“A 20-acre lake will be built here with the treated water,” state water minister and DJB chairperson Satyendar Jain tweeted in January. He was visiting Timarpur village in North East Delhi, where the DJB is constructing a sewage treatment plant (STP).
“The ‘City of Lakes’ project was launched on December 24, 2018, by Chief Minister Arvind Kejriwal who approved Rs 376 crore for the rejuvenation of 159 lakes in Delhi and Rs 77 crore towards the creation of two mega lakes at Rohini in North West Delhi and Nilothi in West Delhi.
Reviving traditional water bodies
Lake revival also includes the planting of trees and providing appropriate infrastructure to create public spaces. In Dwarka and Rajokri, these rejuvenated lakes are providing much-needed green public spaces for residents.
The completed projects include Hauz Khas lake, Bhalswa Lake, Smriti Van (Kondli), Smriti Van (Vasant Kunj), Tikri Khurd Lake and Najafgarh Jheel, which have led to an increase of up to two metres in groundwater levels.
“The City of Lakes project has two focus areas – lakes and water bodies,” said Srivastava. “Besides, we are trying to use the old and historic drains, canals and minors, from where we can recharge water. Also, we have got the NOC from Delhi Development Authority (DDA) to take over its 550 water bodies, while tenders have been floated for 350 water bodies and work on 50 of them is nearly over.”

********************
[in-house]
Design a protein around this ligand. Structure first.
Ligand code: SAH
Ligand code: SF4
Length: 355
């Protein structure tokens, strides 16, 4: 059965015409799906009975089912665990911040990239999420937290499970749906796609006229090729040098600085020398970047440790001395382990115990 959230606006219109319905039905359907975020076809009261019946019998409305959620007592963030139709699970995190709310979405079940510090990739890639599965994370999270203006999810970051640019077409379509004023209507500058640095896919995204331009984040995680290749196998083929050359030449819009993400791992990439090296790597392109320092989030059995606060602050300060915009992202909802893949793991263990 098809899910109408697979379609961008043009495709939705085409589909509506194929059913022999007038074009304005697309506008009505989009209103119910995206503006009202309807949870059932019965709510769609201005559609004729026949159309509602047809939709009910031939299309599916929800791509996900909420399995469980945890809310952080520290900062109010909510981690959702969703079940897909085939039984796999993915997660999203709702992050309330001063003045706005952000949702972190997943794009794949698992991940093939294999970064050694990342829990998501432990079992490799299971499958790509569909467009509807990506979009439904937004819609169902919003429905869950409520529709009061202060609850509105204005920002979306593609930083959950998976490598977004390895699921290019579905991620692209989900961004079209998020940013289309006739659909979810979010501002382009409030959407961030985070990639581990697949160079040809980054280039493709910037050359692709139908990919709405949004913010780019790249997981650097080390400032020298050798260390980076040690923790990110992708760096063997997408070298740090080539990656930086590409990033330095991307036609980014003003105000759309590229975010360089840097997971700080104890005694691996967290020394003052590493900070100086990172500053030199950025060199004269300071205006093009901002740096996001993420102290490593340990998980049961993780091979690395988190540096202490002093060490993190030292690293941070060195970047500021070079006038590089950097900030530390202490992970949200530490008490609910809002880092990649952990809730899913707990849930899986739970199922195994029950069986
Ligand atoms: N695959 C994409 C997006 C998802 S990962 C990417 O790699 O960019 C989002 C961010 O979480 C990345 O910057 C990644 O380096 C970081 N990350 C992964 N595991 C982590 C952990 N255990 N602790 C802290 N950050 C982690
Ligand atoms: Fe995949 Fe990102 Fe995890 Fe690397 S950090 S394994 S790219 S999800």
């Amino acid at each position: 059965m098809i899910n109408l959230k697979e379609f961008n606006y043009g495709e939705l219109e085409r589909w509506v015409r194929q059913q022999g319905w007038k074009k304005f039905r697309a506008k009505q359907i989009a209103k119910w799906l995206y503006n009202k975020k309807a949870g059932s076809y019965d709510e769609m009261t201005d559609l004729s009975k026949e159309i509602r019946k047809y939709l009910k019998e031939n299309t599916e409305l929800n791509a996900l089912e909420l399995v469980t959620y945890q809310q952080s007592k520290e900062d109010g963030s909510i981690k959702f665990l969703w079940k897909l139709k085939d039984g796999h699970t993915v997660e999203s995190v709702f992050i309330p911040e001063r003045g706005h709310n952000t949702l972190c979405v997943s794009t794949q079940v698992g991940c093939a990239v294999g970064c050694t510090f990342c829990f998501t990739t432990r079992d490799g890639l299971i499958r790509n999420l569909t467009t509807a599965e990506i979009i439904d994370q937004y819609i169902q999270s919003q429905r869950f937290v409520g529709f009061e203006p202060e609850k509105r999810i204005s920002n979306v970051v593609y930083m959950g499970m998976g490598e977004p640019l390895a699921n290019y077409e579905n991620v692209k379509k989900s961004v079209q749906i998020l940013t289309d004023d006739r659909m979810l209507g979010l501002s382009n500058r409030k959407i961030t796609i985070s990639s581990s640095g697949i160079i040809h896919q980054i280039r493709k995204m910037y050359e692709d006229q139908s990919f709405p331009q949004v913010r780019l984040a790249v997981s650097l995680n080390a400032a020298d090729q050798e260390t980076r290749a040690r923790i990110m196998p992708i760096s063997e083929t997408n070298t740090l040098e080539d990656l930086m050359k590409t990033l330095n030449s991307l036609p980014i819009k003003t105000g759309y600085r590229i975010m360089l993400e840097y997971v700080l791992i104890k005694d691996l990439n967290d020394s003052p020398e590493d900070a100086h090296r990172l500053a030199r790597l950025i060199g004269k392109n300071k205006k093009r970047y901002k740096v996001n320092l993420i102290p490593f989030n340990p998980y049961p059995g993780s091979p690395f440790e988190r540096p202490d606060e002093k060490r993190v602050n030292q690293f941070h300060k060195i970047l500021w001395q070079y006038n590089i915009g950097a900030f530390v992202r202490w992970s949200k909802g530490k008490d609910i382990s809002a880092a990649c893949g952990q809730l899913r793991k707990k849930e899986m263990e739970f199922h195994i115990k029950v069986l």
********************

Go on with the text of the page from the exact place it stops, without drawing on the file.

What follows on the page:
As many as ten water bodies in the national capital would be declared wetlands by the Ministry of Environment, Forest and Climate Change. The identified water bodies are: Sanjay Lake, Hauz Khas Lake, Bhalswa Lake, Smriti Van (Kondli), Smriti Van (Vasant Kunj), Najafgarh Jheel, Welcome Jheel, Daryapur Kalan, Sultanpur Dabas, Poth Kalan (Sardar Sarovar Lake), says a report by the Delhi Parks and Gardens Society.
The goal is to revive all the traditional water bodies in Delhi. “As we had no model of holistic revival to follow, we created our model,” said Srivastava. The Rajokri project was taken up as a pilot project in 2017. “Here, we created an artificial lake with treated water and even built an amphitheatre.”
Rajokri Lake is better known as Chhath Ghat which attracts a large number of people for performing the puja and devotees are now able to safely take a dip in the clean lake. The amphitheatre doubles up as Chhath Ghat for public and religious gatherings.